BE VISIBLE AND KEEP DETAILED RECORDS
I offer this vignette in cautionary terms. Teaching is a profession that requires increasing vigilance in human relations on the part of teachers, school leaders and principals.
In recent years, the issue of child abuse has increasingly come to the fore. Lots of abuse issues, most of a historical nature, are being raised. Various Royal Commissions and Inquiries have highlighted the matter. I have heard that from Victorian inquiries, around 1,600 issues have been and are being followed up (July 2015).
Without doubt many of the allegations being brought against alleged perpetrators of past abuse, especially sexual abuse, are justified. However, there are instances when allegations are made with mischievous and malevolent intent.
The recent program on ABC “Four Corners”illustrates this point. A female teacher in Melbourne was accused of sexually interfering with two boys around 30 years ago. She was dragged through a messy court process, including being accused, found guilty, and jailed. The case was subsequently appealed and another grimy court process ensued. At the end, she was found not guilty of these crimes and acquitted. Her career, of course was absolutely ruined. The protagonists who had brought the case against her, two men in their early 30s (they had been boys of seven or eight at the time referred to in the allegation) have not to this point in time been charged with their own gross criminal conduct. The story’s inference is that they have simply shrugged it off! Significantly, the Victorian Department of Education, Teachers Union and Teachers Registration Authority appear to have offered no support to the teacher.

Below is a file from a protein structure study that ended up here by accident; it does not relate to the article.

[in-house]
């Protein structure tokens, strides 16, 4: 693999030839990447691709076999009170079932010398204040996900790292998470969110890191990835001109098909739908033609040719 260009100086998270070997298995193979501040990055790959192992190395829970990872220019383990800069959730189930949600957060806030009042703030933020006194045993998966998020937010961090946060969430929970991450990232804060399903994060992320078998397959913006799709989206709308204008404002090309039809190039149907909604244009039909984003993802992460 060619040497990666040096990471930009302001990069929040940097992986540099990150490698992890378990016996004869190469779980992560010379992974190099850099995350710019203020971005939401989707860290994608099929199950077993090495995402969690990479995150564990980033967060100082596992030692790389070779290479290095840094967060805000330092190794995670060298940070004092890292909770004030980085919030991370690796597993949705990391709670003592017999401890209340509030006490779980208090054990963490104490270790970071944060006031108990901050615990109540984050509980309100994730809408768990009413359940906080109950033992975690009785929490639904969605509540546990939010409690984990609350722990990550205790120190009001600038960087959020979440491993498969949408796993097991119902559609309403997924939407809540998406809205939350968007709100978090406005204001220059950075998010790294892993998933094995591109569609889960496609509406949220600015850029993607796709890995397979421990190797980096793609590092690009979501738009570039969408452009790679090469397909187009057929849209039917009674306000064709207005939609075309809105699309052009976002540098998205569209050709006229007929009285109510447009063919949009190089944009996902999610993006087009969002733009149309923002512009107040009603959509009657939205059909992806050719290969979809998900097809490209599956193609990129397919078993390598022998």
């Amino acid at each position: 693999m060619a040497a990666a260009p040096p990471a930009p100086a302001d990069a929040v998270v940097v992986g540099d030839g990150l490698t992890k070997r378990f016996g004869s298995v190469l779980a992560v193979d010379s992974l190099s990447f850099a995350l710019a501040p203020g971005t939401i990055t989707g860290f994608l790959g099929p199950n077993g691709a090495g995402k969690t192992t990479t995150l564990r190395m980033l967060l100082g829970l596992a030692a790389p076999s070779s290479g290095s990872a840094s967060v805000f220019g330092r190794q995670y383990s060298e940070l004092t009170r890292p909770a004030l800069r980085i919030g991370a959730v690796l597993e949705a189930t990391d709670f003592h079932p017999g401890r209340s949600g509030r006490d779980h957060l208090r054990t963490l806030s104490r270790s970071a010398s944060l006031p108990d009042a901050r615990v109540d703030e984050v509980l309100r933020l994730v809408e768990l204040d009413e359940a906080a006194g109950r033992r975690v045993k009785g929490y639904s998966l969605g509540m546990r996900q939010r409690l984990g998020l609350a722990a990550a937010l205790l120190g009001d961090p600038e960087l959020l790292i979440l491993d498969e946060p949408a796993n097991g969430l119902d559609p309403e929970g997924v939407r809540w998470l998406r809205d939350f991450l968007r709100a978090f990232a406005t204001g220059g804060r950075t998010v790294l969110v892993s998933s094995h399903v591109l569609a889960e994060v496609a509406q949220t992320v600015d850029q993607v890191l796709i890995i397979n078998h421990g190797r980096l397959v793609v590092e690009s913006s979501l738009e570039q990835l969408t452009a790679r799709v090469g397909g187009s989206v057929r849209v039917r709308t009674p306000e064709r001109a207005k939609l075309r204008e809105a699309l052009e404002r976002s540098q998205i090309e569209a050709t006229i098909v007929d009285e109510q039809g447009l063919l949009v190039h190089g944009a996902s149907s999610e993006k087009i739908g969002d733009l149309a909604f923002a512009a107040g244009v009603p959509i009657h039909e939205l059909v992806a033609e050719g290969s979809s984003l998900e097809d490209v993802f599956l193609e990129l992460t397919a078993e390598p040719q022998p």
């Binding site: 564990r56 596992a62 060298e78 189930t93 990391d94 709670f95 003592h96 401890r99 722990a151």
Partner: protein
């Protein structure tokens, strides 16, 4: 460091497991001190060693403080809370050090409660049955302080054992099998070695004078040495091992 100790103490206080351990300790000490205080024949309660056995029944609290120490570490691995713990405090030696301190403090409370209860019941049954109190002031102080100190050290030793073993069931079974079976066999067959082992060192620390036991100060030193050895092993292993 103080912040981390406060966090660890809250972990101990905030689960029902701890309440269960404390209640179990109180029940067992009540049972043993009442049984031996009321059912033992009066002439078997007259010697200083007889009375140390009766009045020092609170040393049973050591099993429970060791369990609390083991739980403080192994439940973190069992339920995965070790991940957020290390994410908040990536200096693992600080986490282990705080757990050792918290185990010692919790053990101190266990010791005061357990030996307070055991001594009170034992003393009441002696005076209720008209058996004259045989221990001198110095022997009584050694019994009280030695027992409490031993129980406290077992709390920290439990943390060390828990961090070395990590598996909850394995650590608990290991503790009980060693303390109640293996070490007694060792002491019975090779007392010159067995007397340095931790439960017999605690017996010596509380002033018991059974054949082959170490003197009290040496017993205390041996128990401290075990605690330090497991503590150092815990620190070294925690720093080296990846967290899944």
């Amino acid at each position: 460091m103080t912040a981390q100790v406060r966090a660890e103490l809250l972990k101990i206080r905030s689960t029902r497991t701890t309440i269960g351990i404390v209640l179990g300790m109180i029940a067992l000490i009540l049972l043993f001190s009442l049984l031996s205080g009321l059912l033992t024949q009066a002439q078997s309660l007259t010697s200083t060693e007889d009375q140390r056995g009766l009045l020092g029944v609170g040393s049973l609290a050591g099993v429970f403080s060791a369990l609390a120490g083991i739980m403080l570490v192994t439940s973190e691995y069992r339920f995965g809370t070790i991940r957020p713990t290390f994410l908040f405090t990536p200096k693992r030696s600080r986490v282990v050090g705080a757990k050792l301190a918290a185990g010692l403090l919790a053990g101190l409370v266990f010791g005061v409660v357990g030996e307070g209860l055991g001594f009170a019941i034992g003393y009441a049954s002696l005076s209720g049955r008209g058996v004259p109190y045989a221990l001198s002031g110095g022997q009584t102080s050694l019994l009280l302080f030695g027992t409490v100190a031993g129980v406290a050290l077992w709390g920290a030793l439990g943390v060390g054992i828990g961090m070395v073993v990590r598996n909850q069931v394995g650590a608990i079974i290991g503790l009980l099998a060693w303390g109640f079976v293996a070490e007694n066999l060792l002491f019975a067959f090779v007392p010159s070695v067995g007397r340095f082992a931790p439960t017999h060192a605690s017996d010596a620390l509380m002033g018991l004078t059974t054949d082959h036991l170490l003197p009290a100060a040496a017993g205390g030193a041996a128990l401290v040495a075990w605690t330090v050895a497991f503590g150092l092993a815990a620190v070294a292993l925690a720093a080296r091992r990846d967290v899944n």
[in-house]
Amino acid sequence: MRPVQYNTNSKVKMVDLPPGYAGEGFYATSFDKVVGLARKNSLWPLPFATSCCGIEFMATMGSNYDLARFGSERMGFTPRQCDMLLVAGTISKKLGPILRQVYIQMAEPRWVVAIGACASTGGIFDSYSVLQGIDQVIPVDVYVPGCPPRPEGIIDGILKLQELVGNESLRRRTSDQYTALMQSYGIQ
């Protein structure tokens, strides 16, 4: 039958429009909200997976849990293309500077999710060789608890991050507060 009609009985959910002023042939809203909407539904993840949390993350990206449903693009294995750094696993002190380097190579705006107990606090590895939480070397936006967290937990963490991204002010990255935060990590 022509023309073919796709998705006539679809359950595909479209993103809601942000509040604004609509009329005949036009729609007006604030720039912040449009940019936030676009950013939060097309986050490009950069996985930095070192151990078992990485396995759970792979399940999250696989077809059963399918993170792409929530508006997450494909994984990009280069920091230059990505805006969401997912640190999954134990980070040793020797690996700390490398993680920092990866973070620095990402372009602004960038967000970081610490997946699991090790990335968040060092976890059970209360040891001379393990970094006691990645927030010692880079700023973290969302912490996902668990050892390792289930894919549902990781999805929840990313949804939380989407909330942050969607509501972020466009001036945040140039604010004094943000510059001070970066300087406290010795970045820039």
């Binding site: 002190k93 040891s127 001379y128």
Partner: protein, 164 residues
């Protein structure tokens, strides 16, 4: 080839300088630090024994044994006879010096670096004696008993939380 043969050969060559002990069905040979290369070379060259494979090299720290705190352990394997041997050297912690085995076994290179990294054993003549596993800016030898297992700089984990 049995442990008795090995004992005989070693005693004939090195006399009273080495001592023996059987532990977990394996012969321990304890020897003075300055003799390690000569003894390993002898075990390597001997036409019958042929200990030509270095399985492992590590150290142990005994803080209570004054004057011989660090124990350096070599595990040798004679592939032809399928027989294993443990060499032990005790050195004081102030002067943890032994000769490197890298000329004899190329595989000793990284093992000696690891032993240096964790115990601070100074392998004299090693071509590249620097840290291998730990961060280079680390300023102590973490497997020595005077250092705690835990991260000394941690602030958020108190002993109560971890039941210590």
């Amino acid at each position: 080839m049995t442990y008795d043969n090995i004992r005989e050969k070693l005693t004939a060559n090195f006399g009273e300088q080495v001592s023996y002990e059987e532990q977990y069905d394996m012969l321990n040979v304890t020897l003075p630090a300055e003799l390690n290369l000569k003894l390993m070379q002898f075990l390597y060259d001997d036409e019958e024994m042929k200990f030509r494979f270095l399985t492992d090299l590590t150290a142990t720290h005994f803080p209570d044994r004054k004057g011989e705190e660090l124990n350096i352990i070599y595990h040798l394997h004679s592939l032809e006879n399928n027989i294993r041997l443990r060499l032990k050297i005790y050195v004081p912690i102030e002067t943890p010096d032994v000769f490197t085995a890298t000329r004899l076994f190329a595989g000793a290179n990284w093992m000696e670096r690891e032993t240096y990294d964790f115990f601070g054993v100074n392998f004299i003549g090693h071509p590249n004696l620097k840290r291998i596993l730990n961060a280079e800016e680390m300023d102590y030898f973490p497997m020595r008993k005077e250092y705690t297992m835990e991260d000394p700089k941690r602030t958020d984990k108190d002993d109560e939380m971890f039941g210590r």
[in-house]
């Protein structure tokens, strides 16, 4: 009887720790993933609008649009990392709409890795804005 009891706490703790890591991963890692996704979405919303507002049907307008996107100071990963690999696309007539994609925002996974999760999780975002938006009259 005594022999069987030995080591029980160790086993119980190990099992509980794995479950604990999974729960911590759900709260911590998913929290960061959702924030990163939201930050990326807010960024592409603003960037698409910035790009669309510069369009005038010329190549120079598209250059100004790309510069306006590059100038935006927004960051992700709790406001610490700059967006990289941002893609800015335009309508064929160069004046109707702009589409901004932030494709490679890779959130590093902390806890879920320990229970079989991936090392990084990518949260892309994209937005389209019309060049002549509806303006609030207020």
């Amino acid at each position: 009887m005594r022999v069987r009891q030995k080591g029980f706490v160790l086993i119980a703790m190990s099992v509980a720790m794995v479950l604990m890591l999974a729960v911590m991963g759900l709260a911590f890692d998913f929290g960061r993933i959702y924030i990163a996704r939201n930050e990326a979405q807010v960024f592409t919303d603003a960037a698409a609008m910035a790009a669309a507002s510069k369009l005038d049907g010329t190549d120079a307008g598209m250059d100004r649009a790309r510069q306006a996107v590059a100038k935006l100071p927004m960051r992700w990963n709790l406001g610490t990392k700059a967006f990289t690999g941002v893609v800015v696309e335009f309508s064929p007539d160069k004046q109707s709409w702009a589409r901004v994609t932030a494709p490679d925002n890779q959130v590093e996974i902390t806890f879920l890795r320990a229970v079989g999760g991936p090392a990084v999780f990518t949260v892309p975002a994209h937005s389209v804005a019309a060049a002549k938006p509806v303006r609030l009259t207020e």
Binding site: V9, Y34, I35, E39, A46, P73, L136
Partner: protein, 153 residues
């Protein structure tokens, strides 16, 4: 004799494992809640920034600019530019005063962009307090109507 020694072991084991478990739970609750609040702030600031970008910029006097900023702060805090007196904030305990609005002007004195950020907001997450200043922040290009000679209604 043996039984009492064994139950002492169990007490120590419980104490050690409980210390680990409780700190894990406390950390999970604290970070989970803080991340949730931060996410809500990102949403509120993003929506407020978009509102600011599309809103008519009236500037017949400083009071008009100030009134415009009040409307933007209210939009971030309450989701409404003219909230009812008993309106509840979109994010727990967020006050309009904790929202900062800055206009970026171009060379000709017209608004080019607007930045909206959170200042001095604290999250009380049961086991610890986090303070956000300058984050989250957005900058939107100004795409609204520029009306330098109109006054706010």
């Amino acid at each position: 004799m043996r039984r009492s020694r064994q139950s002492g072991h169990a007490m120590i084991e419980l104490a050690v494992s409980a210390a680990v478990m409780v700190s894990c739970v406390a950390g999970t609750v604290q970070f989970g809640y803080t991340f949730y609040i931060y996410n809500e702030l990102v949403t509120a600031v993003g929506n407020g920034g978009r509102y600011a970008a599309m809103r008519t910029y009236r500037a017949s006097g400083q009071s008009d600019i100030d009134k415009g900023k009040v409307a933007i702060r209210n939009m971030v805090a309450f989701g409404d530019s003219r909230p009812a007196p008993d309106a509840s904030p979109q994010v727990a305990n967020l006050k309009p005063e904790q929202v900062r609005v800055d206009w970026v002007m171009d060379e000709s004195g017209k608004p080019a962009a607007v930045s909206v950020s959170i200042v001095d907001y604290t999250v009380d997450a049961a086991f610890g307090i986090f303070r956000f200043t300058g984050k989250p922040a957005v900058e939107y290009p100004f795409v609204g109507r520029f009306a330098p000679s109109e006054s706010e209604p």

Allegations made against teachers presume guilt until the teacher proves his or her innocence.
I have sought advice on what recourse is available to people who are falsely accused of interference with children, particularly when cases are brought years and years later. The response I have received is that it is very unlikely prosecution will be brought against false complainants. The only recourse available to someone falsely accused and acquitted, is to seek redress through the civil court.
The purpose of this particular vignette is not to pursue issue of recompense. Rather, to strongly suggest educators keep a clear, detailed and time noted record of instances when they have been connected with students in counselling and developing them. Nothing beats a detailed diary. When moving schools, retiring or otherwise moving on, take these records with you (I would suggest a diary). Always keep them in accessible place. Under no circumstances destroy or discard those records.
If allegations are then brought, there is a clear record to show the date, time, place, and nature of the counselling. Often details brought by the complainant are fairly vague and being able to refute them with accurate data is if inestimable value.
There are one or two other points to keep in mind.
If counselling children, make sure that you do so in a space that has visibility from the outside. A room with a see-through window, a common area within, a learning module, or a location within a linear classroom close to an open door are suggested. In the circumstances it’s not a bad idea to write down the names of people who observed, or were in the “visible” proximity at the time.
If the classroom teacher, it is always useful and indeed recommended that you report matters of counselling and discipline to a senior or to the principal along with having kept a written record.
Those who have false accusations brought against them, regardless of outcomes, are never the same people again. I understand they look at life differently. Their outlook becomes tinged with suspicion. They wonder if they can never be part of trustful relationships again. This issue is one of growing consequence and something all educators need to take on board and carefully consider. Don’t live in fear but never think it can’t happen to you: It can.